REVIEW by Willard Manus

Murray Mednick's FEDUNN, now in its world premiere run at the Odyssey Theatre, could have been brought up on truth in advertising charges. Billed as "a loving remembrance of the Catskills," with special mention of Grossinger's and Tamarack for their entertainment and food, the play promised something lighthearted and nostalgic. What it truly was, though, was a grim, dark, poetic drama about the impact of the Holocaust on the Jews. Instead of borscht, shav.

Set in 1948 in the Royal Manor Hotel, FEDUNN is written in typical Mednick style: short, cinematic scenes that break off in mid-confrontation; characters who reveal themselves obliguely, if at all; an atmosphere steeped in mystery and menace. With its three act structure, fourteen characters and lack of dramatic focus, FEDUNN for all its earnestness and power seems like an early work of the playwright's, one that might have sat on his shelf for two or three decades.

Tali (the excellent Maia Dansiger) is a concentration camp survivor whose physical and mental condition has been wrecked by the Nazis. Bedridden and close to death, she is married to Ray (Michael Pasternak), one of the three Silverman brothers who own Manor House. The richest of the three is Leon, a Hollywood producer (and right-wing enemy of leftists in the industry), who returns on a visit and threatens to shut the money-losing resort down (though why a place like Manor House would be showing red ink in the heyday of the Catskills is never explained).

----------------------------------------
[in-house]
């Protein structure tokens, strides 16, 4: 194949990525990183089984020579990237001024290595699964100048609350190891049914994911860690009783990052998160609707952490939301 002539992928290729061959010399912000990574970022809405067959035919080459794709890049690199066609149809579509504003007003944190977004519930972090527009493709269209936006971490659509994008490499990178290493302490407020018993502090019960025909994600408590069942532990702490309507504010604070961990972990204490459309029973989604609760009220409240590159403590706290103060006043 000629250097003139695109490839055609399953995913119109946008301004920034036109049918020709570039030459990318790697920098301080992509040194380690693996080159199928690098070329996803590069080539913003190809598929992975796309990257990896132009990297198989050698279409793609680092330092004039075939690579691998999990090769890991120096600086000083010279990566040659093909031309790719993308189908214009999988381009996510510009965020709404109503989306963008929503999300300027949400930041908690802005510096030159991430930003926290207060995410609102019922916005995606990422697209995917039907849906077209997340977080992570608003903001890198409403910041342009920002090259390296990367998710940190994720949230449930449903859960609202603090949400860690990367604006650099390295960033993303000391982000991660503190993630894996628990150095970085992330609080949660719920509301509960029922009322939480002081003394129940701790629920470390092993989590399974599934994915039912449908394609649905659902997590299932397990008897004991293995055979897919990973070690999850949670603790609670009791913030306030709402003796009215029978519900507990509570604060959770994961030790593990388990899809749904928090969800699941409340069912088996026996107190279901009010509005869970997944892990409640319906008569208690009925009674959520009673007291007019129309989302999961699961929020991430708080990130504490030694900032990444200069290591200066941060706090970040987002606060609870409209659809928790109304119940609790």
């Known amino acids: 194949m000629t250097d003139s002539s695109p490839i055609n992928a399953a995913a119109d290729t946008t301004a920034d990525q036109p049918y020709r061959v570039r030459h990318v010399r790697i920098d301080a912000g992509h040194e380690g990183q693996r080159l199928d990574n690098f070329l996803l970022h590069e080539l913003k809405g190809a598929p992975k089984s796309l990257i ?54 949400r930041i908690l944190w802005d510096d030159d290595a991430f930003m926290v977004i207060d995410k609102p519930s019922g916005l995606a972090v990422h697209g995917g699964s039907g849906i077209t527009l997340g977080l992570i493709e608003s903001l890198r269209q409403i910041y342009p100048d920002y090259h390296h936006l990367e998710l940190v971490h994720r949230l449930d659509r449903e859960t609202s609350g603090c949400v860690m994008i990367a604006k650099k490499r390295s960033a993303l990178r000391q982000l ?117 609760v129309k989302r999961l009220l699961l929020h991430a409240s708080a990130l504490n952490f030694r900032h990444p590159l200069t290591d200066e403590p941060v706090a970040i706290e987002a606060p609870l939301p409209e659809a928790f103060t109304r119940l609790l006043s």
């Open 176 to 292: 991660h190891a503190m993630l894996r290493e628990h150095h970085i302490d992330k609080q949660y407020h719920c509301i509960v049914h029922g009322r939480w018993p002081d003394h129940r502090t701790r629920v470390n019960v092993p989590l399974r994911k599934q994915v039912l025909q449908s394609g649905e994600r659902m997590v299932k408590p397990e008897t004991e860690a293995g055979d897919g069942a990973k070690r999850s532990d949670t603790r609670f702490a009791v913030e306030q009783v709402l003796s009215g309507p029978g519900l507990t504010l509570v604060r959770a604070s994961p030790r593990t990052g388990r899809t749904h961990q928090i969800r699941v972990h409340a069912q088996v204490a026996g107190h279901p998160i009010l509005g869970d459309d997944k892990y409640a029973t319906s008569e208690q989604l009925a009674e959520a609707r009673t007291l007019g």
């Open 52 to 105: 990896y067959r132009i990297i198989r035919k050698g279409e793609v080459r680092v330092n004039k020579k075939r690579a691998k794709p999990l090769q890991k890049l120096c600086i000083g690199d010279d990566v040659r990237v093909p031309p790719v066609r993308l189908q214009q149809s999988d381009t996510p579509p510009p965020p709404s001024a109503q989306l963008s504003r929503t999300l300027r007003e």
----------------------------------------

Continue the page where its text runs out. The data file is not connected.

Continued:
Other storylines abound. Eli (portrayed vividly by Matt Gottlieb) is an intellectual Jew who, because of the Holocaust, questions his faith and the existence of God. Gina (Bari Hochwald) is a Polish Jew who, having survived the war by becoming the mistress of a Nazi officer, is haunted by guilt and shame. Murray C. (Mark Totty) is a gambler who served in WW II as part of a secret US military team that infiltrated occupied territory and assassinated collaborators.

There's more, much more. Everyone who works at Manor House is up in arms against Fedunn (Zoltan), a young townie who delivers milk to the resort and has been snooping around with a pistol in his pocket. It's the Jews of the Catskill ghetto against an Aryan outsider, except that the delusional Tali imagines Fedunn to be the son she lost in the camps and begs for his life to be spared.

Had Mednick focused his play better and not leapfrogged all over the place, FEDUNN might have become not just gripping but important. Instead it comes off as a scattershot study of Jews struggling to hold on to their faith and sanity in the wake of the Holocaust. Mednick's dozen-odd characters overburden the story with their individual problems and often bizarre behavior (one yelps like a wolf, for example, every time he enters).

Mednick's play was hailed by some of LA's theatre critics (one of whom ranked it with Chekhov), but unfortunately this reviewer must say feh on FEDUNN.

(At the Odyssey Theatre Ensemble, 2055 S. Sepulveda Blvd. For the current schedule of plays call (310) 477-2055.)